Le GenWeb de la Basse Côte-Nord est une composante du GenWeb du Québec et du Canada GenWeb.
By Sharon Chubbs-Ransom
Early mail delivery along the Quebec Lower North Shore was haphazard at best. For many generations the mail arrived by the trading schooners from Halifax and Quebec City. Government year around mail service wasn’t initiated until the late 1870s, close to 1879. By that time there were several people like William Henry Whiteley with enough political persuasion to lobby for year around mail service. Thus a service that would be the main stay of the people arrived.
Joseph Hebert 1839-1919 the first mail courier on the Lower North Shore is a character of legendary proportions on the Coast. He settled on the Coast maybe as early as 1860 and married Rachel Mauger. They lived at Mutton Bay. He was known to be fearless and tough. He was short and stocky of stature. He was dark of complexion with a huge thick black beard. The early winter route was by snowshoes and dogteam over sea ice and rivers. He was not afraid of sleeping under the stars and was known on many occasions to have done so with his komatic turned over for protection and his dogs for warmth. His dress was rough, coarse attire, mackinaw trousers, warm woolen sweaters, canvas duck jackets and up to ten pairs of woolen stockings into long knee length sealskin boots.
In the later years as Joe Hebert got older he began subletting to Samuel John Robertson III and thus began another legend. For the next 35 years Sammy John carried the mail by dog team in winter and by boat in summer from about 1900 into the 1940s. These men were not just mail carriers they were excellent navigators, sailors and boatsman. They were used to hard work and extreme conditions. They carried passengers as well because for many it was the only means of travel. Some will recognized mail carriers who followed these were Joe Joncas, Fred Jones, Norm Jones, Len Jones and Russell Robertson. In those early days there were no post-offices. The mail carrier would distribute the mail to the rightful owners.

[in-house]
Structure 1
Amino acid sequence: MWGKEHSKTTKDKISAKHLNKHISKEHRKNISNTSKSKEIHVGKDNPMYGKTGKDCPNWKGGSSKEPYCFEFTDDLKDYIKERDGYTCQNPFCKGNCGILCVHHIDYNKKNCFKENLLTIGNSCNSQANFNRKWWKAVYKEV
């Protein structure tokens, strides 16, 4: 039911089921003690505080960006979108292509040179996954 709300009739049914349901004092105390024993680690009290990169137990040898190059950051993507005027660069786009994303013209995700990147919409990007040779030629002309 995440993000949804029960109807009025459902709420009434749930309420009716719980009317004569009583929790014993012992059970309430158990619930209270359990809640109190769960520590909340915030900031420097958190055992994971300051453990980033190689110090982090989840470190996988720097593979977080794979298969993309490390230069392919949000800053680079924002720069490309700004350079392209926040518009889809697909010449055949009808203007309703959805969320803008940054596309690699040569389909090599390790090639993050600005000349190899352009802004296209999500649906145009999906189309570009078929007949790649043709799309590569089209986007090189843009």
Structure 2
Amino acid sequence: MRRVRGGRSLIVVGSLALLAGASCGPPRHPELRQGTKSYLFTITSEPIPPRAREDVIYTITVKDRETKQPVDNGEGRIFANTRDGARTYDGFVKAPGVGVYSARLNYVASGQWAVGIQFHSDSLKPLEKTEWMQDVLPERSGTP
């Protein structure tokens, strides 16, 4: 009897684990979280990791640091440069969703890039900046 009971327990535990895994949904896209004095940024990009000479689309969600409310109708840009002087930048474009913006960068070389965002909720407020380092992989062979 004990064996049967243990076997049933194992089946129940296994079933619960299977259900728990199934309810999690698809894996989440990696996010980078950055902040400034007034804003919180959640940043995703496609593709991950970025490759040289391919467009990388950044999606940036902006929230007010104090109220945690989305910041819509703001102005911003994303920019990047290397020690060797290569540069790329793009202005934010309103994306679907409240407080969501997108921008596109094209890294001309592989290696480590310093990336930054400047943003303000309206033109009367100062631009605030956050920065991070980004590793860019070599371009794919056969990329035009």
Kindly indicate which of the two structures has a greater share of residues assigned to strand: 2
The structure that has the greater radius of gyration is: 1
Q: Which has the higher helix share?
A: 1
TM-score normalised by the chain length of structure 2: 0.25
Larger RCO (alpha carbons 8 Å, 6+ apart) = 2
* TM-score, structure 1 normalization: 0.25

In the early 1900s post masters and mistresses took up sorting and distribution of mail. These were local people with limited education. Many like Martha Harding at Harrington, Louisa Gallichan at La Tabatiere and Mr. Fequet at Old Fort are still talked of today. For most of these people the post-office was a part or room in their house. There were few or no luxuries like separate offices, you practiced your trade and did what you must to get the job done.
Thank you to the previous coordinators,
Sharon Ransom and Marc-André Gosselin, for their excellent work !
We are looking forward to reading your suggestions and comments. / Il nous fera plaisir de lire vos suggestions et commentaires.
Dernière mise à jour: 13/10/2016
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